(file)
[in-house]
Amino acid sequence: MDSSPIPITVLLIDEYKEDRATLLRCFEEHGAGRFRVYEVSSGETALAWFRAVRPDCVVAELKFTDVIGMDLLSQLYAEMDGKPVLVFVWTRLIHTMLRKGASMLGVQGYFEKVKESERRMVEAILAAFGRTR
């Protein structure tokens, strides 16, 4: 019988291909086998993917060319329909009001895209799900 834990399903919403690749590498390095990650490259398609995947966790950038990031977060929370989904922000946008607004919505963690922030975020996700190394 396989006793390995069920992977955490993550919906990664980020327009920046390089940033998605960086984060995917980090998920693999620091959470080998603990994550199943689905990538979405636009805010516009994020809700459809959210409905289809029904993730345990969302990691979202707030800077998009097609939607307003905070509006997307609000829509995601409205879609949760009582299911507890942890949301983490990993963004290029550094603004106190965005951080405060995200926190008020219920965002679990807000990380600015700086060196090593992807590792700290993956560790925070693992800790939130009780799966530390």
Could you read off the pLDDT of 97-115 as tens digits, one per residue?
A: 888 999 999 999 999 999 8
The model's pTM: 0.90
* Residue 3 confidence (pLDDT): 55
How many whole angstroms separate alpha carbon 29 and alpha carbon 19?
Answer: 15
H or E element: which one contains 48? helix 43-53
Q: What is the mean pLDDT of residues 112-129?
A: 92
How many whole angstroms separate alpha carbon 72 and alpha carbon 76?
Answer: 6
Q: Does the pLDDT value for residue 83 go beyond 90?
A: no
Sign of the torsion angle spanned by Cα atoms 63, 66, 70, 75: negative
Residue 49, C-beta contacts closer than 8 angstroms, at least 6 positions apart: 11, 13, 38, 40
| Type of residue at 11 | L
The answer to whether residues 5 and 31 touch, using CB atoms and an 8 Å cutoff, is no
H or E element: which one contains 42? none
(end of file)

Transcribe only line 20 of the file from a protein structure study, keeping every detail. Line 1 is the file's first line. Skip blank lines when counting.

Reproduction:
The answer to whether residues 5 and 31 touch, using CB atoms and an 8 Å cutoff, is no